The manufacture of biorobots using 3D bioprinting paves the way for the development of robust medical devices with tailor-made architecture and functionalities. In the case of printing semi-solid or semi-cast materials (gels, pastes) at room or high temperature using an extrusion process, some changes have been introduced in the construction of the print head compared to FDM. The 3D printing of stimulus-sensitive materials has also been investigated in terms of thermosensitive hydrogels, since they can be used to create drug delivery systems that release the active compound when thermally activated in the first stage of inflammation. The printed models were tested with medical imaging modalities, such as magnetic resonance imaging and 2D and 3D ultrasound.
To evaluate the possibility of applying photopolymer resins in 3D drug printing, tablets were prepared with ropinirole HCl, poly (ethylene glycol) diacrylate (PEGDA) and Irgacure 2959 as a photoinitiator in an environment with a low oxygen content, which may inhibit cure transformations. 3D printing has become one of the most revolutionary and powerful tools that serves as a technology for precise manufacturing of individually developed dosage forms, tissue engineering and disease modeling. 3D printing methods are becoming important in the field of pharmaceutical and medical applications because of the possibility of quickly preparing tailor-made objects that can be applied in personalized therapy or medicine. The undeniable benefits of 3D printing are highlighted, however, a critical view derived from the limitations and challenges of additive manufacturing is also included.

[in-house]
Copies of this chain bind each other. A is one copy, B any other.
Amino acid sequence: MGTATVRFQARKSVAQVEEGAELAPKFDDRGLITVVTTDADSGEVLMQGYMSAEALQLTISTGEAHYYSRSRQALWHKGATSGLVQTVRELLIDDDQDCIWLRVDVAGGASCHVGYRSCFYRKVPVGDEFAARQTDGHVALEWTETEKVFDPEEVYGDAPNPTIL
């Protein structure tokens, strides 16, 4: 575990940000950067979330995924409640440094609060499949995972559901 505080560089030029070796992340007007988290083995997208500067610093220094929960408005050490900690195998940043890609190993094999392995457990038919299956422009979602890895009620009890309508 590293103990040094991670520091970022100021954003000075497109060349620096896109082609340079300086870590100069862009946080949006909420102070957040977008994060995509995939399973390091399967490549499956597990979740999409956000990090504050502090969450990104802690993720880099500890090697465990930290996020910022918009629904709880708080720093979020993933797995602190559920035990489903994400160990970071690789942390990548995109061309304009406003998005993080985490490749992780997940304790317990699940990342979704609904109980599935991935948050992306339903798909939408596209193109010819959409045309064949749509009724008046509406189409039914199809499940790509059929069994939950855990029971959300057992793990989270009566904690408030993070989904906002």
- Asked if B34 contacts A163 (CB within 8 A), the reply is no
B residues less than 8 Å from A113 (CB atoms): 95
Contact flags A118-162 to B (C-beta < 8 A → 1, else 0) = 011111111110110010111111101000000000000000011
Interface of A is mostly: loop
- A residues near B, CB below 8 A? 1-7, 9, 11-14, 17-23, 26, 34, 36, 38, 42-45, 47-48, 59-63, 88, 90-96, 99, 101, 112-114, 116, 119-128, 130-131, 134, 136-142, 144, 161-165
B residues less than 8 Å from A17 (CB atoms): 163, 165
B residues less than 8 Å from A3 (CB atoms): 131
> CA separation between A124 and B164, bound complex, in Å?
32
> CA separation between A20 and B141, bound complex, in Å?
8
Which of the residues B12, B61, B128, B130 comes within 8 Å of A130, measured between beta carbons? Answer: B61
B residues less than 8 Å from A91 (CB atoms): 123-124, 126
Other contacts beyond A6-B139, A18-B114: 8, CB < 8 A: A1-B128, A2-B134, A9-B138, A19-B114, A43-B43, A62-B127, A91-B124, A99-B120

As highlighted in the FDA document, due to the variability of additive manufacturing methods, it is not possible to provide a universal set of guidelines for all 3D printing methods. The manufacture of implants and prostheses using additive manufacturing has recently revolutionized the area of medical device development to meet the growing demand for personalized therapy. Considering that a tablet is often printed for more than 1 minute, the effectiveness of such a method is very limited. The 3D printing of drugs in patient centers is intensively debated in scientific communities, but additive manufacturing techniques are still quite new to society and the vision that patients will print their medicines in their own homes is quite a distant prospect.
The print head moves along the X and Y axes during printing, and the bed of the printing platform descends along the Z axis according to the height of the layer after the deposition of each layer of the material (Fig. The most important achievements of 3D printing in pharmaceutical and biomedical applications are presented in the figure. The introduction of 3D printing in the pharmaceutical industry as a standard manufacturing method is still a long way off today, mainly due to the lack of ready-to-use production equipment. 3D microextrusion printing was used to manufacture microchannels for axonal alignment and compartmentalized chambers for cell isolation.